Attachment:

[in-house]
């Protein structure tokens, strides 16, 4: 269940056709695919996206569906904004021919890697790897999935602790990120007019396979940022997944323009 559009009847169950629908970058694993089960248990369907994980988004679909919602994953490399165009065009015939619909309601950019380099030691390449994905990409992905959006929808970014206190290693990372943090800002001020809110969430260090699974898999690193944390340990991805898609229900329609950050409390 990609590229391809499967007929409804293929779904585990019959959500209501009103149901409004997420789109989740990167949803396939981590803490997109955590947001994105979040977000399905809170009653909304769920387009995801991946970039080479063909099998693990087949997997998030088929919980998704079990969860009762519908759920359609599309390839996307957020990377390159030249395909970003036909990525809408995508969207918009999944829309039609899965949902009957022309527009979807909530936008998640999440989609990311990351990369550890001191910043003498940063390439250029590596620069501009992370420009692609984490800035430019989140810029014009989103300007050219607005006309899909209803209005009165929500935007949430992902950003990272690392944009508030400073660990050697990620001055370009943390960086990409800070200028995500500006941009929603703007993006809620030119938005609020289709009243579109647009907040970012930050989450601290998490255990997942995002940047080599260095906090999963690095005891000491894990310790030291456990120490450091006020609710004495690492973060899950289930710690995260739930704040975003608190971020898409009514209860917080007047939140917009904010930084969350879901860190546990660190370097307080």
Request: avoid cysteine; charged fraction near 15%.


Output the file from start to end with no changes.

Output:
[in-house]
């Protein structure tokens, strides 16, 4: 269940056709695919996206569906904004021919890697790897999935602790990120007019396979940022997944323009 559009009847169950629908970058694993089960248990369907994980988004679909919602994953490399165009065009015939619909309601950019380099030691390449994905990409992905959006929808970014206190290693990372943090800002001020809110969430260090699974898999690193944390340990991805898609229900329609950050409390 990609590229391809499967007929409804293929779904585990019959959500209501009103149901409004997420789109989740990167949803396939981590803490997109955590947001994105979040977000399905809170009653909304769920387009995801991946970039080479063909099998693990087949997997998030088929919980998704079990969860009762519908759920359609599309390839996307957020990377390159030249395909970003036909990525809408995508969207918009999944829309039609899965949902009957022309527009979807909530936008998640999440989609990311990351990369550890001191910043003498940063390439250029590596620069501009992370420009692609984490800035430019989140810029014009989103300007050219607005006309899909209803209005009165929500935007949430992902950003990272690392944009508030400073660990050697990620001055370009943390960086990409800070200028995500500006941009929603703007993006809620030119938005609020289709009243579109647009907040970012930050989450601290998490255990997942995002940047080599260095906090999963690095005891000491894990310790030291456990120490450091006020609710004495690492973060899950289930710690995260739930704040975003608190971020898409009514209860917080007047939140917009904010930084969350879901860190546990660190370097307080």
Request: avoid cysteine; charged fraction near 15%.